A lack of seasonal workers due to the coronavirus crisis could lead to a severe shortage of fruit and vegetables in Germany over the next few months, one of Europe's largest suppliers has warned.
Frutania, a leading provider of products including berries, asparagus, apples, pears, stonefruit, tomatoes and vegetables to the major supermarkets, said it saw serious problems ahead in terms of maintaining required volumes in the market after the federal government placed restrictions on foreign seasonal labour entering the country.
With several products due to be harvested in the coming weeks, the group's managing director Markus Schneider said Germany faced a major bottleneck not only in 2020 but in years to come.
More than 150 growers who supply the firm are understood currently to be facing a shortfall of around 10,000 seasonal labourers.
"The companies we work with cannot bring in their crops at the moment and are no longer ordering plants for next year, because the uncertainty of the current situation means they cannot finance advance payments for next year," he explained. "Imports from neighbouring countries can also not be completely guaranteed."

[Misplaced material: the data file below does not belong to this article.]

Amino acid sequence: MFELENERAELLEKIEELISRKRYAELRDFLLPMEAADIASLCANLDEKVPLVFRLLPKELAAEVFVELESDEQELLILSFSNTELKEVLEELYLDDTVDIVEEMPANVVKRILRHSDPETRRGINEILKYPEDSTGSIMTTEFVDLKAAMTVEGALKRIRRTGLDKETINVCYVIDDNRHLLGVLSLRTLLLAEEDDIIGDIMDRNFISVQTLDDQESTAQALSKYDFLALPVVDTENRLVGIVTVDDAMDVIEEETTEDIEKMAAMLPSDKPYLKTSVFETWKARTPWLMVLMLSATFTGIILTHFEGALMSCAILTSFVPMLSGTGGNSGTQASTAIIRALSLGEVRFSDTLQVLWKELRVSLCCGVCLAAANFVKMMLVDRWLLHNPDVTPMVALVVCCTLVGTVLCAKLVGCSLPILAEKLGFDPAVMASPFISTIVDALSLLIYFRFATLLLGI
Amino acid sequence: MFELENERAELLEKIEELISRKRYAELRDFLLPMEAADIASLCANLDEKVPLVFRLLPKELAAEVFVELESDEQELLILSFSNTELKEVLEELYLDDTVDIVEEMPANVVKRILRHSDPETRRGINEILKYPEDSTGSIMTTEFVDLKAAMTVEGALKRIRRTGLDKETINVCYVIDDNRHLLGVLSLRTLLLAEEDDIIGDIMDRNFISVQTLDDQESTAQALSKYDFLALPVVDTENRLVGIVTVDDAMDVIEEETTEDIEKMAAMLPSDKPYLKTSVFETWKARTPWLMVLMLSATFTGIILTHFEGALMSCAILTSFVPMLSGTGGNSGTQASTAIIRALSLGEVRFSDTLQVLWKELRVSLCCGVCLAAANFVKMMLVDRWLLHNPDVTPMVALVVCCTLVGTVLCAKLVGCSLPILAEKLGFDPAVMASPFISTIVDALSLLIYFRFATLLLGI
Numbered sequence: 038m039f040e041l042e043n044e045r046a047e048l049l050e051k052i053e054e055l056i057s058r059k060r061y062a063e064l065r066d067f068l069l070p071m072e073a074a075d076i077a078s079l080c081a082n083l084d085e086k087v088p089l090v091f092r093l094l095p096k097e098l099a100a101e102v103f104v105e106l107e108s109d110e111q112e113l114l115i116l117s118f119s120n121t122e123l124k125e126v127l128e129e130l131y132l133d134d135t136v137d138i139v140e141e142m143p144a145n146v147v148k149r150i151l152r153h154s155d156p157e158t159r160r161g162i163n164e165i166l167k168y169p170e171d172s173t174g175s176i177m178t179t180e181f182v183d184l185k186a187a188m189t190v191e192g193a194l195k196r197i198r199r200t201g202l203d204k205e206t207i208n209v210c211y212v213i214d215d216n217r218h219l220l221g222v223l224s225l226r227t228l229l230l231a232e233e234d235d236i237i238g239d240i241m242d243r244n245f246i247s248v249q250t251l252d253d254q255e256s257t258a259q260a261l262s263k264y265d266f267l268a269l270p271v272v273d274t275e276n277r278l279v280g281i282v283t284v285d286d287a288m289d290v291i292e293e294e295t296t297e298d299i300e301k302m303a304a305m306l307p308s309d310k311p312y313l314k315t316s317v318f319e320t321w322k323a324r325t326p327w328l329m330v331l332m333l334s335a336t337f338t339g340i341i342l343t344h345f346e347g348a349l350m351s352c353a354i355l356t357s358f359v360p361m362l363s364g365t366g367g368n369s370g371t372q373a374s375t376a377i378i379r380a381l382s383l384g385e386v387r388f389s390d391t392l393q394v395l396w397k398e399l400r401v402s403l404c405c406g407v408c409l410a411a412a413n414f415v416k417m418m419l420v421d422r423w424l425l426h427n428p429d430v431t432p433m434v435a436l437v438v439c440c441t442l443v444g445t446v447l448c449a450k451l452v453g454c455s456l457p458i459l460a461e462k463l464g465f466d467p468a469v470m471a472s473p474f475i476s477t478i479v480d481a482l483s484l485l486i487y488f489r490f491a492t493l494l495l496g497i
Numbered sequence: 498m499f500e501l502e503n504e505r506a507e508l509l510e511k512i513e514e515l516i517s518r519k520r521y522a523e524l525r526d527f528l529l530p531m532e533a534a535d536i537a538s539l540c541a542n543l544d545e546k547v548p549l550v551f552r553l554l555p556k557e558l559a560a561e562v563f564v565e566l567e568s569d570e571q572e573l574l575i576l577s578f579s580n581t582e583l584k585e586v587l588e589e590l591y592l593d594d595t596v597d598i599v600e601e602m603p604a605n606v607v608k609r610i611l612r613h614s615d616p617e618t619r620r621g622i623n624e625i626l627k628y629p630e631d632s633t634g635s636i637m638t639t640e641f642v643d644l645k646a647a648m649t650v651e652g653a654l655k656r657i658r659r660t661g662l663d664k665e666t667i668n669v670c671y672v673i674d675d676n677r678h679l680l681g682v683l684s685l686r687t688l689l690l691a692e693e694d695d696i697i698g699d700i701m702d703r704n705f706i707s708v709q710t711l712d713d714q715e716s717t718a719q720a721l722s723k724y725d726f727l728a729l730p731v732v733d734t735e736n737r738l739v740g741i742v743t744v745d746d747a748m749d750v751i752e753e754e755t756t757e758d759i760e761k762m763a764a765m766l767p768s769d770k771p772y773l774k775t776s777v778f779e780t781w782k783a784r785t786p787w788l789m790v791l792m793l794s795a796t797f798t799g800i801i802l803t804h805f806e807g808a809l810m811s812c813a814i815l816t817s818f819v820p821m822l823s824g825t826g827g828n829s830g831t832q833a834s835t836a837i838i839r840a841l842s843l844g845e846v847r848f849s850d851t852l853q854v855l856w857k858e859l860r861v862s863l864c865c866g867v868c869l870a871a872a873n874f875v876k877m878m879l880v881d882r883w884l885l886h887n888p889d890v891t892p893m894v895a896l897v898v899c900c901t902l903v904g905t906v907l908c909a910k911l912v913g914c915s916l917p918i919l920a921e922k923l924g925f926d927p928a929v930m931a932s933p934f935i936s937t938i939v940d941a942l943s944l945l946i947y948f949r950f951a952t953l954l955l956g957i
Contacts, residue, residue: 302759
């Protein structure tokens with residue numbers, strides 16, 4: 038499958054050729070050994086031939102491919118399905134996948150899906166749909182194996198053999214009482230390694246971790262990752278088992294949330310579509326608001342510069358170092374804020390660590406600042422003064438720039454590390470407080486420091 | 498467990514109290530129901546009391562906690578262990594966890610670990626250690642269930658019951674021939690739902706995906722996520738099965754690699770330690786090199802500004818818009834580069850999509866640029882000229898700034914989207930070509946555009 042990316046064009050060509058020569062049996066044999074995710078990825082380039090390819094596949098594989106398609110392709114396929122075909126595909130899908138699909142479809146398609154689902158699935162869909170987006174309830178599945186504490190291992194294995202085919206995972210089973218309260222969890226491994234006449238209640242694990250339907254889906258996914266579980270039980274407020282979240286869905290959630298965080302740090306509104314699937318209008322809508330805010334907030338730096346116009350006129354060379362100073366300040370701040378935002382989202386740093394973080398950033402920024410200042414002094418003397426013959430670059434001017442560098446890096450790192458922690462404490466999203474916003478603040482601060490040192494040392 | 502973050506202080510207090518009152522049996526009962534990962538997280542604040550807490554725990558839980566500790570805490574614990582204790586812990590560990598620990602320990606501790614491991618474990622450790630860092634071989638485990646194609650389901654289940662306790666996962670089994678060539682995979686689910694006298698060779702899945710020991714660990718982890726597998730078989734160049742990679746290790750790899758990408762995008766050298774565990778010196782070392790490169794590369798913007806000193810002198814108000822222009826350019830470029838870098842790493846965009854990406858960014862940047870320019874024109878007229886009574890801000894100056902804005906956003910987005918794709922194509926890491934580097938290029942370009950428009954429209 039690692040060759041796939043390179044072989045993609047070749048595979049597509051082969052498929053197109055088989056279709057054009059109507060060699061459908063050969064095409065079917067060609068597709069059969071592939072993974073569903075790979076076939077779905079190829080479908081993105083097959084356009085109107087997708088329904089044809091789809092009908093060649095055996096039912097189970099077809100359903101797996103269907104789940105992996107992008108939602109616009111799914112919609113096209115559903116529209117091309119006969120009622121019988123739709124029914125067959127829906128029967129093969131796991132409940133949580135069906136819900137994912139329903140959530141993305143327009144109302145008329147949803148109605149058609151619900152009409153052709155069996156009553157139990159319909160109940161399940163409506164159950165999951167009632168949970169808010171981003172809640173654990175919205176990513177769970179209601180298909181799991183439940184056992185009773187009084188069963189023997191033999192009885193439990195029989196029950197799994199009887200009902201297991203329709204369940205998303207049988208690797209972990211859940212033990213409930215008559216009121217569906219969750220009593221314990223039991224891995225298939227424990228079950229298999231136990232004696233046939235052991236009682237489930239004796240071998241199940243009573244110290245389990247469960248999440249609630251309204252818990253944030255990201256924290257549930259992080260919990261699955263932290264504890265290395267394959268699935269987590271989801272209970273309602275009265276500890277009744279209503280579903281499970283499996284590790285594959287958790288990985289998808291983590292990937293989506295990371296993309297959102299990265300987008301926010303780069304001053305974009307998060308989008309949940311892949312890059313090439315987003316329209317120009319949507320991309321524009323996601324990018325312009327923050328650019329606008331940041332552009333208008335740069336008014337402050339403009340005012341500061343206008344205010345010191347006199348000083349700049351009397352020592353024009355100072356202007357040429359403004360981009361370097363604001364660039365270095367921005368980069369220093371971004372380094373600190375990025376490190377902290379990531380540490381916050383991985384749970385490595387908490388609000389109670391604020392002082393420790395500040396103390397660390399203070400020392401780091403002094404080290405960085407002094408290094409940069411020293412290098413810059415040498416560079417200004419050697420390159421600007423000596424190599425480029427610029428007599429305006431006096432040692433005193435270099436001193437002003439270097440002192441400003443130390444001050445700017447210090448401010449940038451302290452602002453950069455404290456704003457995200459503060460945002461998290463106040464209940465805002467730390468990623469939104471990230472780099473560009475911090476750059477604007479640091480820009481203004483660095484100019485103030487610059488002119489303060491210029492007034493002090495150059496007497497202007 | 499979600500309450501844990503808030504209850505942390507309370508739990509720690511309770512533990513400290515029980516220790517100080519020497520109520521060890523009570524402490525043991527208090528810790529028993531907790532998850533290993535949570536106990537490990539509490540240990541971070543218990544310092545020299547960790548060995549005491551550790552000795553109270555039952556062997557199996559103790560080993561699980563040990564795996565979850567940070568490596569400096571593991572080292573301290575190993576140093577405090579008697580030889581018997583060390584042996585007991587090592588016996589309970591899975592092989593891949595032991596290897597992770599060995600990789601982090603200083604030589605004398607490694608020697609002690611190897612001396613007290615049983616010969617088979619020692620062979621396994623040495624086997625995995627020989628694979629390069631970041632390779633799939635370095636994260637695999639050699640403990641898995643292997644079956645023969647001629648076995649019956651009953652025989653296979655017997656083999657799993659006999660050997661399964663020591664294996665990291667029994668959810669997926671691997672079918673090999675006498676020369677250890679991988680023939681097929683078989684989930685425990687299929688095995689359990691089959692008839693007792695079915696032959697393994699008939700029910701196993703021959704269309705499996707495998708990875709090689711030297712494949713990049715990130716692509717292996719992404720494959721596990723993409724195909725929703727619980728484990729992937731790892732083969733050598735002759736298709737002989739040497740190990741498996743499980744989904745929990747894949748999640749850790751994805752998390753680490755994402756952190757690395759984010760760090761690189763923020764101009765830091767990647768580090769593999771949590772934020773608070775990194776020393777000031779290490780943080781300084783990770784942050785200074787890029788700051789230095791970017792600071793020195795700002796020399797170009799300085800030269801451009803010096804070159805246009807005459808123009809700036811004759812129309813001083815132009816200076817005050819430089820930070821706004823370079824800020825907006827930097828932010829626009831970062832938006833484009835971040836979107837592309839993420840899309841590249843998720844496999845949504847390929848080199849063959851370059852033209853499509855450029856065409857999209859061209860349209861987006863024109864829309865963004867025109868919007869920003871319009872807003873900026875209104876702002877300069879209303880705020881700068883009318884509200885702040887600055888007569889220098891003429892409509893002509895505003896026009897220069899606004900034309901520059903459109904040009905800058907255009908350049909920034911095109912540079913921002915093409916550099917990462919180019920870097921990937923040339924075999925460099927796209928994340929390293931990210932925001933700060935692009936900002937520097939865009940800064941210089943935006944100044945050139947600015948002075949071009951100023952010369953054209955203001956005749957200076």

Germany's high dependency on regional supply from April to September could mean consumers see empty shelves in supermarket fruit and vegetable departments, Schneider warned.
“The situation threatens the livelihoods of farmers," he commented. "The season is ready, the plants have been planted for this year and are about to flower or harvest. However, the cost of production has increased significantly because operationally things are more complex, with additional hygiene requirements and the shortage of workers."
He added: "In addition, there is now a total loss of revenue if the harvest cannot be brought in. The food retail trade faces the problem of a shortage of goods, so prices for fruit and vegetables can be expected to rise sharply.”